One reason I’ll never be John Steinbeck or somebody like that is because, for me, there are basically two kinds of trees: pine trees, and the other kind. Birds come in “big” and “small.” (I could probably ID a parrot, but the opportunity rarely presents itself without it being obvious, like, there’s a sign that says “African Grey Parrot (Zambia)” or somebody just told you “that’s Aesop, my pet parrot.”) To me, there are sunflowers, and there’s red flowers, and bluish flowers, and purplish ones that go like this (here I make a flute shape with my hand), and there’s probably daffodils or daisies or something. Grass is grass. Prickly stuff that grows on a hill along the highway is “prickly stuff on the hill.”
In short, it seems like the great authors can wax poetic about the garagantolia blossoms showering the paths and the boulevard lined with aranchlestes and the rik-rik-rik of the three-billed boose in the white-barked hockeyes. I myself cannot. Nature, to me, is composed of elementary forms. I speak about it like a child. There is grass, dirt, watery areas, weeds, trees, bugs, and those things (pointing at a copse of something that’s somewhere between bushes and trees).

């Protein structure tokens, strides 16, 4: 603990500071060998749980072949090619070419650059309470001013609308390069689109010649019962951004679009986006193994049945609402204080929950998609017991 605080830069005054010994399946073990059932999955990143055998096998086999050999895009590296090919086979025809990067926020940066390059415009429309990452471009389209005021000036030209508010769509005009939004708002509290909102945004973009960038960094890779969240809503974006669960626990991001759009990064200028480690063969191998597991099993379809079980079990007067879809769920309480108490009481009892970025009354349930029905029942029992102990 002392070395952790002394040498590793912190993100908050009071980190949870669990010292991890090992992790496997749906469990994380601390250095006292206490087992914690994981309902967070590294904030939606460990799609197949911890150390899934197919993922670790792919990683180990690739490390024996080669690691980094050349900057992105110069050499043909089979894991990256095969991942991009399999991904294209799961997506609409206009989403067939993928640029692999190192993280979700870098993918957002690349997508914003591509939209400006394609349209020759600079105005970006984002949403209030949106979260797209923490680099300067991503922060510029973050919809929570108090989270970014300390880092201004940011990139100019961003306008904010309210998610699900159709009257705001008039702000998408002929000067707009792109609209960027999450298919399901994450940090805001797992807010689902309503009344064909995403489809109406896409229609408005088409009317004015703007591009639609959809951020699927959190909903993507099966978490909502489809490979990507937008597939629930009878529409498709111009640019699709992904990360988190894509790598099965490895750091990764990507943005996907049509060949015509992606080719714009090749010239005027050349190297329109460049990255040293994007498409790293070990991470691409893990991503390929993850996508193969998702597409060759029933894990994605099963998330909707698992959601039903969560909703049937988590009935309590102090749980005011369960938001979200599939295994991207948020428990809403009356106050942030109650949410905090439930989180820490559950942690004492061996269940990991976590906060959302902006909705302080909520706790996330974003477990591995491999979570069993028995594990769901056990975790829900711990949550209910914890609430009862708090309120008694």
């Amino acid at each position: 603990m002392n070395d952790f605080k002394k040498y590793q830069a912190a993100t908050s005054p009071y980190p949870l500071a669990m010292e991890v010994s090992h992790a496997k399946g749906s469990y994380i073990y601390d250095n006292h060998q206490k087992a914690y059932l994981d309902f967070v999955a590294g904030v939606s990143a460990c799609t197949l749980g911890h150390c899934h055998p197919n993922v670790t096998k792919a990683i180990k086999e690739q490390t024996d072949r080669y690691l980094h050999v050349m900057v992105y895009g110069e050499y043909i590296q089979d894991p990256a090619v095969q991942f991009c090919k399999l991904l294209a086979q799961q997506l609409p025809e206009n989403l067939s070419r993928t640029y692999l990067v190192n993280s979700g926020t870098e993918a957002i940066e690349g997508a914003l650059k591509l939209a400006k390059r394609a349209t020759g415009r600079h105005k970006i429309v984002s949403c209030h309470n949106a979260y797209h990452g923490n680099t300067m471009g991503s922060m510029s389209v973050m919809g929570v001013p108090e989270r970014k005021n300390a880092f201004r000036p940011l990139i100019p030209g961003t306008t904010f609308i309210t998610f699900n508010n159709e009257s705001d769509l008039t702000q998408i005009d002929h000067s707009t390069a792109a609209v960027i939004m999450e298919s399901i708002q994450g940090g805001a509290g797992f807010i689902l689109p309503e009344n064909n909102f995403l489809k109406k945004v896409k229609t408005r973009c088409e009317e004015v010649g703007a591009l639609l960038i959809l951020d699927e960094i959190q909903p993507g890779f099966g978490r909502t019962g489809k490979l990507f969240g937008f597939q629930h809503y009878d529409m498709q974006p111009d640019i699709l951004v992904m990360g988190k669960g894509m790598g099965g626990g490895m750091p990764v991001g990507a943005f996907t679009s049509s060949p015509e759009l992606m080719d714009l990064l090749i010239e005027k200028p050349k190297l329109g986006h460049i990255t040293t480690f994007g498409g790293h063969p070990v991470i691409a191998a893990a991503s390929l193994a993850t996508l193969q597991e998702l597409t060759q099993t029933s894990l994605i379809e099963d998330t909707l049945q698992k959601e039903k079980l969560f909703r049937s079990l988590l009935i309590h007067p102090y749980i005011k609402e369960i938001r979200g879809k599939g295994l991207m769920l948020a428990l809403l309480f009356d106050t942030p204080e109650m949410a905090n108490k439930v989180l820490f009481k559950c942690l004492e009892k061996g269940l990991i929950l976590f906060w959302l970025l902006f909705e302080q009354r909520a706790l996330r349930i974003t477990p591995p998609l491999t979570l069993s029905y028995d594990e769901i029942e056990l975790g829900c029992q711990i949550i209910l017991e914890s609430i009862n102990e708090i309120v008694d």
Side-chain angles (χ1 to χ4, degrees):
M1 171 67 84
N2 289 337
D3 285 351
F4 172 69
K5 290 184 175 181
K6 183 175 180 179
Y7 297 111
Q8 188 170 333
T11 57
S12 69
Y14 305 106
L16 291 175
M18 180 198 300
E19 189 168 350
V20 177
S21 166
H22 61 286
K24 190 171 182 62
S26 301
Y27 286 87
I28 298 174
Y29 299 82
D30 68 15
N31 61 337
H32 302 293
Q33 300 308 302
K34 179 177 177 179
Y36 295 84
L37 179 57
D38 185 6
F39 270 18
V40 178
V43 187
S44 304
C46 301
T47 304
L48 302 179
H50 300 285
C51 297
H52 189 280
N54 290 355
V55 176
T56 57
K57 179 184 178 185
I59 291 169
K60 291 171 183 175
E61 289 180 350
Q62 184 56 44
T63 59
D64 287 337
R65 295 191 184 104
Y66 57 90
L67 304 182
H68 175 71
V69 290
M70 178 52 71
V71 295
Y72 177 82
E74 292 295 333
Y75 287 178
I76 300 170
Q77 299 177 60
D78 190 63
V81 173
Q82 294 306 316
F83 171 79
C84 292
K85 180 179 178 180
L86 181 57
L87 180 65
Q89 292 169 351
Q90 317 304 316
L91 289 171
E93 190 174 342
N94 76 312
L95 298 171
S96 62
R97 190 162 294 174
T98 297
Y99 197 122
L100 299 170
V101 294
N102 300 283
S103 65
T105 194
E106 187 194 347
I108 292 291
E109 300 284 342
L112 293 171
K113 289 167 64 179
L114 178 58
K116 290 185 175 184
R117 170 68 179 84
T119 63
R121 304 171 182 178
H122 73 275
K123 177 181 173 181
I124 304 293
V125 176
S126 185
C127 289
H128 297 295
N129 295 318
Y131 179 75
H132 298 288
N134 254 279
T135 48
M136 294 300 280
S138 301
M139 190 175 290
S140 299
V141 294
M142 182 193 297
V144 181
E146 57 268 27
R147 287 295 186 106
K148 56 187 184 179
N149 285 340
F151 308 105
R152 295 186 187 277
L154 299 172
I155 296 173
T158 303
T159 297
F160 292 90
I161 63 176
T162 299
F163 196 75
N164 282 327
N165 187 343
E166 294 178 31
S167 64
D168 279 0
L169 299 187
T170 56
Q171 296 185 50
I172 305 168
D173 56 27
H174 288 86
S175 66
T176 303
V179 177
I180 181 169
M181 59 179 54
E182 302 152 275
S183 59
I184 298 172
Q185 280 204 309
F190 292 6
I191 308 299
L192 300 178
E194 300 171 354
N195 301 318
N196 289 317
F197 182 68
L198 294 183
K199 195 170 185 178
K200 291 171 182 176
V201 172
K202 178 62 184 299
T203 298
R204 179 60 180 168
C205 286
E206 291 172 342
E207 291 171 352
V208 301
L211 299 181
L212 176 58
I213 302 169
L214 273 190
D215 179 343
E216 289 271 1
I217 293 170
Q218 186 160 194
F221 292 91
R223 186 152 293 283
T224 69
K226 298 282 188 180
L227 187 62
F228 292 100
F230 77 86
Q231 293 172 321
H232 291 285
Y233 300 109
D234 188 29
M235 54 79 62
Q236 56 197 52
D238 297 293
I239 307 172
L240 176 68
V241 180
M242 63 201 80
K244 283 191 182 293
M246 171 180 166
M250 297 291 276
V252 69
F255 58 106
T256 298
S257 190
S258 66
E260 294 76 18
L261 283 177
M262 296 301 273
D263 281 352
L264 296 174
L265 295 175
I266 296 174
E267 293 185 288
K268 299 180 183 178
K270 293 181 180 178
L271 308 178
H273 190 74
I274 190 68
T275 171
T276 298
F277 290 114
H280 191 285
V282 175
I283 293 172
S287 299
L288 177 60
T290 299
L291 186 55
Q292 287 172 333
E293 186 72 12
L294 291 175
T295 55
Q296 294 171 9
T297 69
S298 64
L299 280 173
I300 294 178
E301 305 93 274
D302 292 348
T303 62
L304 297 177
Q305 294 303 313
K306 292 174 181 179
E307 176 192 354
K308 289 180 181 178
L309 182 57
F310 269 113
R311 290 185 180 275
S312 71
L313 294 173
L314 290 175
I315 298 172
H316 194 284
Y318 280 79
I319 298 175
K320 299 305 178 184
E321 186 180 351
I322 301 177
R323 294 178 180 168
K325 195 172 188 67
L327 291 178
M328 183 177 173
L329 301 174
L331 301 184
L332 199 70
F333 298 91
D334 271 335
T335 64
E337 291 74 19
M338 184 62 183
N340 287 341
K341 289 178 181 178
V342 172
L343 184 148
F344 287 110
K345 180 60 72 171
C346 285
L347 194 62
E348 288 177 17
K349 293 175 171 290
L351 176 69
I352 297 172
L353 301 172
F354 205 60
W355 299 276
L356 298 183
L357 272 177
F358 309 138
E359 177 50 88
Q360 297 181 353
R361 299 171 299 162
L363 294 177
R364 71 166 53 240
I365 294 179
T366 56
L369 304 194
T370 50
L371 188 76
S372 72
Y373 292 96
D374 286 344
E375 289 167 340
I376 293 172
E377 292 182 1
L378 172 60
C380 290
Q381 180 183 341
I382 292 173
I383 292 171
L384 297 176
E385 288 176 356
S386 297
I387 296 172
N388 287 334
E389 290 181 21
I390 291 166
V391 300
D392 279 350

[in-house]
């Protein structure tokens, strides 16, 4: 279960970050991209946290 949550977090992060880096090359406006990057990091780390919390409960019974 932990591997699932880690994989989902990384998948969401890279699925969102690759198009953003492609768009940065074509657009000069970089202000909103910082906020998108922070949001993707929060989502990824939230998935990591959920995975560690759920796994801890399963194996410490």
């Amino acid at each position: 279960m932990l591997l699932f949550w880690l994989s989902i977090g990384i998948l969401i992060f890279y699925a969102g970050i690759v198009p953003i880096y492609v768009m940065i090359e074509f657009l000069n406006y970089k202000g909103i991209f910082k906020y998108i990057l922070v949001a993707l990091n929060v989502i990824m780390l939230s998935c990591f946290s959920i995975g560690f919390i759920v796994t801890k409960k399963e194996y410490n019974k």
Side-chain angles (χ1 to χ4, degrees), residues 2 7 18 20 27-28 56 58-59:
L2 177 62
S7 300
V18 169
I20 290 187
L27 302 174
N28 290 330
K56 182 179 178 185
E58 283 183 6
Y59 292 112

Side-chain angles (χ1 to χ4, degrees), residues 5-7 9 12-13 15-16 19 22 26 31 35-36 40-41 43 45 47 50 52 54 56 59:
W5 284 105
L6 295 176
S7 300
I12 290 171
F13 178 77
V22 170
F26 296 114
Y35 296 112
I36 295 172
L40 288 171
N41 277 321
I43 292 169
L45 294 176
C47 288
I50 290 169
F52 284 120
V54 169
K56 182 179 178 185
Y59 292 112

Sometimes I aspire to be better at it, studying bird books or books that fan out and show you all the different kinds of leaves and needles and what trees they belong to, but my mind is a sieve for such details.
So why am I setting a book in a woodsy area where I’ll quickly bore readers with my upteenth reference to “some bushes and stuff” where Mr. White would have painted a lovely word-picture with references to white ash trees and very specific kinds of nymph being surprised as they molt? I dunno. And to be fair, I’m equally incompetent at describing urban landscapes.